So says the Mechilta – you make a Chaburah – you make a small group of people.  Micro Communities – can still be a community.   It’s like you have your own pod.   The Rambam makes clear that  you have to be part of a community in order to offer the Korbon Pesach.  Our people is about coming together – everyone is invited – everyone has a space and a place.  Kol Dichfin Yeisei Viyeichol – whomever is hungry come and eat.
 
The Rambam says yes – it is an individual korbon (offering), but it is like a communal one. 

 The Korbon Pesach – has to be as a group.  We do it to combine – to be together with one another.
 
R. Menachem Zemba, great leader of Polish Jewry who was killed in Warsaw Ghetto in 1943 said that we combine all those groups, all those Chaburahs, as a korbon tzibbur, as a communal offering.  We  transition from last Pesach to this one – the way that God intended it.  Last Pesach we went back to basics.  Everything I do within my home.  But now – Pesach Lidoros – a Pesach for the generations – when we open our doors.   Last year was an exception, it was an aberration.   It was not a new normal – it is history – and we need to make destiny.  To come together the way HaShem first intended.  In the Torah it tells the story of Jews who could not participate in the korbon Pesach because they were tamei (ritually impure) on Pesach and they said its not fair, we want to offer the Pesach!  We missed out. Last time in history that ever happened – “I don’t have to keep Pesach? I have an excuse? Great!!!”  What did they miss?  They missed being Bisoch Binei Yisrael – they wanted to be among the Jewish people. 
 
We need to be among the Jewish people.  To come together.  There are people who tell me – they don’t feel safe at shul – but they are going to work where there are no masks, or they are going to the Bucks game or to the grocery store.  It doesn’t quite add up.
 
Have we become more comfortable in being apart?  The Wall Street Journal wrote an article last week – “When the Pandemic’s end means the Return of Anxiety”.  Some people have gotten comfortable in their new normal and the idea of returning, even fully vaccinated and masked and distant – is now uncomfortable.   People come back to shul a little, but not like they used to.  Maybe a few days a week or a month but not all the time….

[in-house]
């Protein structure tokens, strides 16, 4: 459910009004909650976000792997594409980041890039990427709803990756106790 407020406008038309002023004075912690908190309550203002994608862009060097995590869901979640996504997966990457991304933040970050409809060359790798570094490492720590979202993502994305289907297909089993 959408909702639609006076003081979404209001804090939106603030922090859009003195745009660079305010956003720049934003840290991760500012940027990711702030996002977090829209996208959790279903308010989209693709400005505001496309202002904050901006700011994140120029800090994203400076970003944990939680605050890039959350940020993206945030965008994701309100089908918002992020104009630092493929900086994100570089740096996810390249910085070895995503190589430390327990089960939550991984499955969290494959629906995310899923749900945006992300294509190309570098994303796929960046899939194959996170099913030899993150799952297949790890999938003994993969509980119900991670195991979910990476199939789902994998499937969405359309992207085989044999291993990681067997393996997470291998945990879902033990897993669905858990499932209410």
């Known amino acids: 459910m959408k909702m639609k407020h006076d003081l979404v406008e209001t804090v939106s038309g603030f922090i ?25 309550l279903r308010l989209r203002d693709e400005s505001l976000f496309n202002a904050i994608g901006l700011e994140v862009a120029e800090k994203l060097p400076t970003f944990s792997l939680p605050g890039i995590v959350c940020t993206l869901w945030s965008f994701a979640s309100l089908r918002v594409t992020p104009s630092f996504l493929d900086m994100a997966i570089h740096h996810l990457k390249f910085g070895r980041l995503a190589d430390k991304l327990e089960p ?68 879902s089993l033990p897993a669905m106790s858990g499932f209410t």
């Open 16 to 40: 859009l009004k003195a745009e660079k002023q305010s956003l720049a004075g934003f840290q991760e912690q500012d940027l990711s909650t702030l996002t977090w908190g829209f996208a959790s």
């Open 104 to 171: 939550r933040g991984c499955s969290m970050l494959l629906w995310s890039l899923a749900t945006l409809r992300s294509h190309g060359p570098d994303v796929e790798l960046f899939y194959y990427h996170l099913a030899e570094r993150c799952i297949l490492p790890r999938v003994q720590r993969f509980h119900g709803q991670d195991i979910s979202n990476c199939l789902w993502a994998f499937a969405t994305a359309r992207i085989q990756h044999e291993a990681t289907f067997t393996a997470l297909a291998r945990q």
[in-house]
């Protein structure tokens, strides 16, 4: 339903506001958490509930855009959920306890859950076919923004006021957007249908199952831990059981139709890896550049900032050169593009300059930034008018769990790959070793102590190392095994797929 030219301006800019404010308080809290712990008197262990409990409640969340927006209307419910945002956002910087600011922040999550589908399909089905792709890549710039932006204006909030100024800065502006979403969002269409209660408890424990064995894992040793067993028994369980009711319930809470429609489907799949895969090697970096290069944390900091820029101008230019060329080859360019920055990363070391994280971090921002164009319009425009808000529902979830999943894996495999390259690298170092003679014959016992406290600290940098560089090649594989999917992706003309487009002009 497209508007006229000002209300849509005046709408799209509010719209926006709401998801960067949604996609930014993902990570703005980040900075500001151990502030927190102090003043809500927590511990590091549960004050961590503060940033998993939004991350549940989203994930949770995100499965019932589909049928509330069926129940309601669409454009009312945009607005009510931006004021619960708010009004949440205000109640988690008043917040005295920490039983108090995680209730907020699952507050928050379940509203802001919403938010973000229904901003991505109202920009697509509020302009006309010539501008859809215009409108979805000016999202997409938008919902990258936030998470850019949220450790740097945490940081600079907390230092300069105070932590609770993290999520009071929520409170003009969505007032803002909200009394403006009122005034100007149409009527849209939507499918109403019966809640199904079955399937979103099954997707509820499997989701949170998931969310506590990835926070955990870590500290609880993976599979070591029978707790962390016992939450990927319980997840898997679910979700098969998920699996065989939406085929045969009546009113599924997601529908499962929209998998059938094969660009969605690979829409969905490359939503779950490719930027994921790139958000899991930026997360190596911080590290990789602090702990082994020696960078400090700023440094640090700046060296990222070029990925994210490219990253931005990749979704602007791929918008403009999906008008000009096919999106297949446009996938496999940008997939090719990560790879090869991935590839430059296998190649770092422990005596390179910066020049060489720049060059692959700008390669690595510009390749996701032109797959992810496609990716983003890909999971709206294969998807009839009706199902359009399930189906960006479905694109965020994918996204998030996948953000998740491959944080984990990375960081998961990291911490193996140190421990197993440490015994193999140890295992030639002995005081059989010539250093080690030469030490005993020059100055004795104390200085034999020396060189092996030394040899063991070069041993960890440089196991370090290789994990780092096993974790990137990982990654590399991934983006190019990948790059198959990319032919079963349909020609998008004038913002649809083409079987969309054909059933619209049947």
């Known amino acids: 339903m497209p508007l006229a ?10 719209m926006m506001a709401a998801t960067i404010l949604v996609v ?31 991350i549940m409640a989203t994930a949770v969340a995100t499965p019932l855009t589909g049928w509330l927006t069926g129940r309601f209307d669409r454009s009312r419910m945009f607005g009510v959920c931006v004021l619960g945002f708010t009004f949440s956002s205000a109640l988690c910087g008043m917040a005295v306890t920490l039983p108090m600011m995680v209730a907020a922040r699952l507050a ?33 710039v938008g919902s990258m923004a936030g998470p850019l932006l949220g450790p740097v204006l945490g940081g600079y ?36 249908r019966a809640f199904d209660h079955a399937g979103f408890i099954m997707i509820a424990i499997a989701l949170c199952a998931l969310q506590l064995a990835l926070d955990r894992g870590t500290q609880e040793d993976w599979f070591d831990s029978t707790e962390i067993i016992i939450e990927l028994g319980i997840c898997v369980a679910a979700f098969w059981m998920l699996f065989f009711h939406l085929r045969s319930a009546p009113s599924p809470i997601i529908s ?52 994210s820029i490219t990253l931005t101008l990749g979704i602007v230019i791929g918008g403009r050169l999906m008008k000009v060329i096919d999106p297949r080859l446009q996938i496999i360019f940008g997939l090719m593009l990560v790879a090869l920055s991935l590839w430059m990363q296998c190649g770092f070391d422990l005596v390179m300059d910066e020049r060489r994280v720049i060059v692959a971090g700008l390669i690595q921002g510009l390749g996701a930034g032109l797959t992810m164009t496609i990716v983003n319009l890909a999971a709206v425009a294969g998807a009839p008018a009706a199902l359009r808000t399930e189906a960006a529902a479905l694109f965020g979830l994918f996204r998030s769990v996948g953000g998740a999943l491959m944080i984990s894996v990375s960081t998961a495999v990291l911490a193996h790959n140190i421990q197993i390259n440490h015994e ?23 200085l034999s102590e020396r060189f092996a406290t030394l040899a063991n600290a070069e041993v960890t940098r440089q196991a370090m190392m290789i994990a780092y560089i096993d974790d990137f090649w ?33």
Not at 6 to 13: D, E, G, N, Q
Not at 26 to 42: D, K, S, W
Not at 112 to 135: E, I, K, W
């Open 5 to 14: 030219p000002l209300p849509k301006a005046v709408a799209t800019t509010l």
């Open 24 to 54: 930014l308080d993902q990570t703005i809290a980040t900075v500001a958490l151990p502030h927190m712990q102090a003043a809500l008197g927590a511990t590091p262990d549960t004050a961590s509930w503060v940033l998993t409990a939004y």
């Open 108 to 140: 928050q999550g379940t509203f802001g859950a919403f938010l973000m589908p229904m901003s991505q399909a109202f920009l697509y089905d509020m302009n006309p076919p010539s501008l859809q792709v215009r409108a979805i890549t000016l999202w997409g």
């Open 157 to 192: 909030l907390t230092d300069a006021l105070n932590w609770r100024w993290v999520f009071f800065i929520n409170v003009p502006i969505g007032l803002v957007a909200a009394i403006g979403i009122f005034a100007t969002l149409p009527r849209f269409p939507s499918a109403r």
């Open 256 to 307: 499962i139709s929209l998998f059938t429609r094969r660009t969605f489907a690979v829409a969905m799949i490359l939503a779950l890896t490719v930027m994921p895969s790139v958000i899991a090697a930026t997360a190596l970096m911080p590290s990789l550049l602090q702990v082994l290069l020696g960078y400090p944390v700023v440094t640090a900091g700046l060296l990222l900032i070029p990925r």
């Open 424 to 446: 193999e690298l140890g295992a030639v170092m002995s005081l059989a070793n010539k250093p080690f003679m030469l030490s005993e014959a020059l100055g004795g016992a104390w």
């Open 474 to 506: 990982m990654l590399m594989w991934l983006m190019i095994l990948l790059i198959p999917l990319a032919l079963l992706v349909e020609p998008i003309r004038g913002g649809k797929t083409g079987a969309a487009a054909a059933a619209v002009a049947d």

Pesach is about unity and togetherness – when we unite – and when we are one.  We need to remind ourselves how to come together.  Because when we focus only on ourselves and our little box – then we become smaller and more selfish.
 
Primo Levi writes about how after the Nazis departed the camp and people were able to set up an oven and bake bread – that they were able to share – that was a taste of real freedom.  Because the rule of the camp was to eat your own bread and to take your neighbors if you could.  Selfishness became the rule because of the nature of the situation.  Rabbi Soloveitchik writes about this as well.  That the people who went through the Holocaust told him that the way that the Nazis dehumanized the Jews made them selfish – they could only think about their next piece of bread.  There was no time for chesed or for mercy.  There was just room for fear.  Will I be sent to the left to work another day or to the right to the crematoria?
 
We need to be careful of selfishness.  We have been prisoners to this Pandemic – forced to be apart – and now we are becoming more free.   Of course we need to be careful.  I’m not saying that we should not listen to our doctors and the experts. We absolutely need to. But one thing I have seen is that everyone has their own rules.  Some are more permissive than the doctors recommend and some are much more restrictive.  What we need to do is to switch our mentality from selfishness to selflessness.  
 
It is time to come back.  People say – why should I?  At home -  I am the gabbai, I daven, I give the drasha and I am the rabbi – why should we come back together?  At home I always start on time – my time.  I don’t have to deal with Mishulachim coming to ask me for money? I don’t have to wait for anyone.  I don’t have to wear a mask.  I like the way the chazzan davens. I no longer feel pressure to conform to the community.  Maybe I discovered Judaism 2.0  - and things are better?    
 
No.